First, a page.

The International Museum for The Victims of Communism is the first global institution to be developed and built with a focus on examining the international crimes of communism through objective, fact-based research.
The International Museum for the Victims of Communism and Research Centre of Communist Crimes is to be established in Tallinn, the capital of Estonia, led by the Estonian Institute of Historical Memory with the support of the Government of Estonia and leading remembrance institutions in Europe and beyond.
The museum will be built within the Patarei fortification complex that was used by both the Soviet and the Nazi regimes throughout the XX century, located on the shores of the Gulf of Finland in the heart of Tallinn. The museum will introduce crimes committed by both the Soviet and Nazi regimes, with the main focus on the machinery, ideology and crimes of communist regimes, moving from a local overview, to the events in Europe, to a global scale.
While Patarei is one of the strongest symbols of Soviet political terror for Estonians, it is also an international monumental memorial that helps to understand the inhuman nature of totalitarian regimes, irrespective of the specific state power, indicating with sinister clarity as to why it is imperative to avoid their recurrence.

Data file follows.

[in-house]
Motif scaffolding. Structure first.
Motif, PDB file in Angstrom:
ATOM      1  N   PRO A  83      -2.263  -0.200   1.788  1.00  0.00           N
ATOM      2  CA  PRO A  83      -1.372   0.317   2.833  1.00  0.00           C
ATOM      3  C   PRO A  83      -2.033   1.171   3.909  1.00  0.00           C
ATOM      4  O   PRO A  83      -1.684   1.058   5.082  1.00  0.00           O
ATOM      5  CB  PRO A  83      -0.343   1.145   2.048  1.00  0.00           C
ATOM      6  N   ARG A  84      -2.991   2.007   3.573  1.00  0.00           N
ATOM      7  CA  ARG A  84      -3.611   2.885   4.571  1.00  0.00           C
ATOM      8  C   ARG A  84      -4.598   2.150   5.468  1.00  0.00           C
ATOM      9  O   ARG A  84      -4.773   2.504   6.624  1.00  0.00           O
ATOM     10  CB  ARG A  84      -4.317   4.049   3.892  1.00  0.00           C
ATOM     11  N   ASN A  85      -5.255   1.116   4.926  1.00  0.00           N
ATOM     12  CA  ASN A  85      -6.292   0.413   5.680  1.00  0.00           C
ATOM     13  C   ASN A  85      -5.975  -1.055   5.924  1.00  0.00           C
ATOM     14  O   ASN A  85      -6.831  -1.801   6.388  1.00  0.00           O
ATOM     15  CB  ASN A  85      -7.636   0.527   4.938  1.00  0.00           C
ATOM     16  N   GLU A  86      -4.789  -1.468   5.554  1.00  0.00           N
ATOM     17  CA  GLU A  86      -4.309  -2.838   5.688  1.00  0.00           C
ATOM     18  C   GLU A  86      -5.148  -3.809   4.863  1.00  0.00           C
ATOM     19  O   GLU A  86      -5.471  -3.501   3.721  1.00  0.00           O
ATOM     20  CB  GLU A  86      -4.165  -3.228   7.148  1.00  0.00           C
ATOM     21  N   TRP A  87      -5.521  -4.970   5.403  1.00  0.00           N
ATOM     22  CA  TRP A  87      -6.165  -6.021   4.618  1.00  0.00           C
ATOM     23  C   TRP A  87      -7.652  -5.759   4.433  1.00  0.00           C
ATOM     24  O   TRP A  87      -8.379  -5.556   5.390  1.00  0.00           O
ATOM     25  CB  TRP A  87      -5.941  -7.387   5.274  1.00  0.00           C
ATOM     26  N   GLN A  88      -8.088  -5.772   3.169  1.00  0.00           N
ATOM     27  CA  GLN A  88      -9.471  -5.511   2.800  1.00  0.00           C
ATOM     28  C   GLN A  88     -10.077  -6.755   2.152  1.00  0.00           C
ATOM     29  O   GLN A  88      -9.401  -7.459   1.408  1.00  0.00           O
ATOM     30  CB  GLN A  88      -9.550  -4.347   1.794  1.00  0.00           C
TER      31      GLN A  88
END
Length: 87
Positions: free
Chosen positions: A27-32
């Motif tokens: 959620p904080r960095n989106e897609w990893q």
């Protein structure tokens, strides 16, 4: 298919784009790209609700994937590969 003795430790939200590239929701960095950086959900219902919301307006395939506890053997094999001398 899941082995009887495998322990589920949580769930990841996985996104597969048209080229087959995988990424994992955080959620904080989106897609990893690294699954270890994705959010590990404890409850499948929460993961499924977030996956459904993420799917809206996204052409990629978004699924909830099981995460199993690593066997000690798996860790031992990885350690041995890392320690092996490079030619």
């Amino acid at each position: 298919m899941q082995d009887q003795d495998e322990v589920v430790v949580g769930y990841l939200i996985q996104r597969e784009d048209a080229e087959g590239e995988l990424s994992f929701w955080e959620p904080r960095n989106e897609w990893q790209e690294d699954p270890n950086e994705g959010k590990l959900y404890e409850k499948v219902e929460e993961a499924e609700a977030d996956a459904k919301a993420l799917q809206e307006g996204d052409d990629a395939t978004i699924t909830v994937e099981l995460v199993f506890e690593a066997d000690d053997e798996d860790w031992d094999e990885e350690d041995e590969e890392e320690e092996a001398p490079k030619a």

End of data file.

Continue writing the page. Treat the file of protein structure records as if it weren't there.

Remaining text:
The museum is planned to an approximately 5,000 square meter (65,000 square feet) area in the eastern part of the building, with authentic prison cells, an execution chamber, corridors, a prison lean with prisoners’ walkways and much more.
The museum and centre will bring together a diverse international coalition of trusted regional and international memory institutions, researchers, experts and thinkers on the crimes of totalitarian regimes. Governments and media who seek facts and information can contact the museum and centre as an international nexus for information about the crimes of communism.
The idea of establishing a museum in Patarei Prison was first proposed in 1989 in the sociological working group of the Eesti Kultuurifond (Estonian Cultural Foundation).
The initiative for establishing the museum and a research centre operating in association with the museum was made public on 23 August 2017 at the international conference held in Tallinn on the Europe-wide day of remembrance for the victims of totalitarian and authoritarian regimes. The representatives of eight European countries adopted a joint resolution at the conference for the establishment of an international institution for researching the crimes of communism. It was also decided in the resolution to convene a corresponding team of experts.
Since 1998, the Estonian Institute of Historical Memory and its predecessor has researched the international crimes and violations of human rights committed in Estonia by regimes hostile to mankind, along with the totalitarian ideologies that have generated such regimes. Through the results of its research and its publicity work, the Institute also supports the rejection of regimes hostile to mankind in the 21st century as well, and actively participates in educational and publicity work.